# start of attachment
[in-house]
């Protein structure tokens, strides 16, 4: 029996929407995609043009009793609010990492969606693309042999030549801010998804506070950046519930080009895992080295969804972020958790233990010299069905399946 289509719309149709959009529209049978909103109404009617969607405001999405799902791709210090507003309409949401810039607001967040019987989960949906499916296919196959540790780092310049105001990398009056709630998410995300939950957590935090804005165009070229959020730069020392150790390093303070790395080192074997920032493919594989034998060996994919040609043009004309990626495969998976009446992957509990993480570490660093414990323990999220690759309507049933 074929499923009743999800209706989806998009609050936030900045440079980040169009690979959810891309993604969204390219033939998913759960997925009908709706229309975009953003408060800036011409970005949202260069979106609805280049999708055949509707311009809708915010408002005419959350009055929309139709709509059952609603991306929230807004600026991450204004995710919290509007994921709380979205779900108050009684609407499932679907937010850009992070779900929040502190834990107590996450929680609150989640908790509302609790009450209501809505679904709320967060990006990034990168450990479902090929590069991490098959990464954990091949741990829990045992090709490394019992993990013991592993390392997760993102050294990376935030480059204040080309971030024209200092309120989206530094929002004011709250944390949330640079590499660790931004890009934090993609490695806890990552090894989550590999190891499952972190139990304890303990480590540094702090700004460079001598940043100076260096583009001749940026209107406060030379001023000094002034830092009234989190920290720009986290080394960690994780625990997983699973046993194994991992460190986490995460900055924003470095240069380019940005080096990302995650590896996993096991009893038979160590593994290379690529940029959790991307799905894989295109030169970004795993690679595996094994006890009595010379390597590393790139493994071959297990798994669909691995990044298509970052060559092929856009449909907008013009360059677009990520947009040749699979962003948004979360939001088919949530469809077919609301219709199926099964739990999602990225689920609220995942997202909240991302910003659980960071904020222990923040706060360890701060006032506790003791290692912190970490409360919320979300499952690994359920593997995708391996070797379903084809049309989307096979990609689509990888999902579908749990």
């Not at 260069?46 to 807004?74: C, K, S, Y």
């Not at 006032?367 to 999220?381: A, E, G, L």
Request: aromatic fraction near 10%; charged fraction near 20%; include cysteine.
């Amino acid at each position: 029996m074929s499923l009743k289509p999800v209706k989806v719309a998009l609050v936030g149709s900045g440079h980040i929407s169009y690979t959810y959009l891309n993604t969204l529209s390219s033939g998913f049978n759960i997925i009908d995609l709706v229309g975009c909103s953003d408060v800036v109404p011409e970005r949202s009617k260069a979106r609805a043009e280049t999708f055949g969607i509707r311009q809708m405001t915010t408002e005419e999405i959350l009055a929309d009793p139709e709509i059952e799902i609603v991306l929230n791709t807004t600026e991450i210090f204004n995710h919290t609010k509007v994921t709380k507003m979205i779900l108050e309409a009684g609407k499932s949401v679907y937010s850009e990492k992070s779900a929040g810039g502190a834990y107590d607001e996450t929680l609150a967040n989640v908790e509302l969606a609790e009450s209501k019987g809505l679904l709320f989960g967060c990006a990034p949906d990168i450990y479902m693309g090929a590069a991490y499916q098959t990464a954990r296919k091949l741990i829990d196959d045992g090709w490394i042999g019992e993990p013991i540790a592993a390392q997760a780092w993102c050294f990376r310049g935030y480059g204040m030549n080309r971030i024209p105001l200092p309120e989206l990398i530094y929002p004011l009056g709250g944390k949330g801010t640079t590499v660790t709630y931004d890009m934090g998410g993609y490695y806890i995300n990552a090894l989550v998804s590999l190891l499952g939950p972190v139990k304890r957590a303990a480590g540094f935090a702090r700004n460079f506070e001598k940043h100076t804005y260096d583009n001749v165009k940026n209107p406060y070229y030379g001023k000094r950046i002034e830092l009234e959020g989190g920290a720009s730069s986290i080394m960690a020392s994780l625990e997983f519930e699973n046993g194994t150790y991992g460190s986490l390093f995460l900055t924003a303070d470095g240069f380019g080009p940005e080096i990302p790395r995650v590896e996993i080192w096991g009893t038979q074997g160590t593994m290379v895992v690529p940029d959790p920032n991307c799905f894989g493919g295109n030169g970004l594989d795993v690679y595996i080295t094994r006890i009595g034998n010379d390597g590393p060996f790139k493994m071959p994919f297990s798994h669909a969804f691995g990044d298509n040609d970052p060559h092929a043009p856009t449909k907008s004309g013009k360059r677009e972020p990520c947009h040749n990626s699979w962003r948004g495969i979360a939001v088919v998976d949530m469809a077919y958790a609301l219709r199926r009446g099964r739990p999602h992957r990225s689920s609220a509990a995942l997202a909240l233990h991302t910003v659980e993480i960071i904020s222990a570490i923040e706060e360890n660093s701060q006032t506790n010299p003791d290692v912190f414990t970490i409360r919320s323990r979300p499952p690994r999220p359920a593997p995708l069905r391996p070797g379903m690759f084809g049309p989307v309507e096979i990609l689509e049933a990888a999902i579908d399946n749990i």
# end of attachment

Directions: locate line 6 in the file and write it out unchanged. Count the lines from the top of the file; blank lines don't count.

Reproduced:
């Amino acid at each position: 029996m074929s499923l009743k289509p999800v209706k989806v719309a998009l609050v936030g149709s900045g440079h980040i929407s169009y690979t959810y959009l891309n993604t969204l529209s390219s033939g998913f049978n759960i997925i009908d995609l709706v229309g975009c909103s953003d408060v800036v109404p011409e970005r949202s009617k260069a979106r609805a043009e280049t999708f055949g969607i509707r311009q809708m405001t915010t408002e005419e999405i959350l009055a929309d009793p139709e709509i059952e799902i609603v991306l929230n791709t807004t600026e991450i210090f204004n995710h919290t609010k509007v994921t709380k507003m979205i779900l108050e309409a009684g609407k499932s949401v679907y937010s850009e990492k992070s779900a929040g810039g502190a834990y107590d607001e996450t929680l609150a967040n989640v908790e509302l969606a609790e009450s209501k019987g809505l679904l709320f989960g967060c990006a990034p949906d990168i450990y479902m693309g090929a590069a991490y499916q098959t990464a954990r296919k091949l741990i829990d196959d045992g090709w490394i042999g019992e993990p013991i540790a592993a390392q997760a780092w993102c050294f990376r310049g935030y480059g204040m030549n080309r971030i024209p105001l200092p309120e989206l990398i530094y929002p004011l009056g709250g944390k949330g801010t640079t590499v660790t709630y931004d890009m934090g998410g993609y490695y806890i995300n990552a090894l989550v998804s590999l190891l499952g939950p972190v139990k304890r957590a303990a480590g540094f935090a702090r700004n460079f506070e001598k940043h100076t804005y260096d583009n001749v165009k940026n209107p406060y070229y030379g001023k000094r950046i002034e830092l009234e959020g989190g920290a720009s730069s986290i080394m960690a020392s994780l625990e997983f519930e699973n046993g194994t150790y991992g460190s986490l390093f995460l900055t924003a303070d470095g240069f380019g080009p940005e080096i990302p790395r995650v590896e996993i080192w096991g009893t038979q074997g160590t593994m290379v895992v690529p940029d959790p920032n991307c799905f894989g493919g295109n030169g970004l594989d795993v690679y595996i080295t094994r006890i009595g034998n010379d390597g590393p060996f790139k493994m071959p994919f297990s798994h669909a969804f691995g990044d298509n040609d970052p060559h092929a043009p856009t449909k907008s004309g013009k360059r677009e972020p990520c947009h040749n990626s699979w962003r948004g495969i979360a939001v088919v998976d949530m469809a077919y958790a609301l219709r199926r009446g099964r739990p999602h992957r990225s689920s609220a509990a995942l997202a909240l233990h991302t910003v659980e993480i960071i904020s222990a570490i923040e706060e360890n660093s701060q006032t506790n010299p003791d290692v912190f414990t970490i409360r919320s323990r979300p499952p690994r999220p359920a593997p995708l069905r391996p070797g379903m690759f084809g049309p989307v309507e096979i990609l689509e049933a990888a999902i579908d399946n749990i």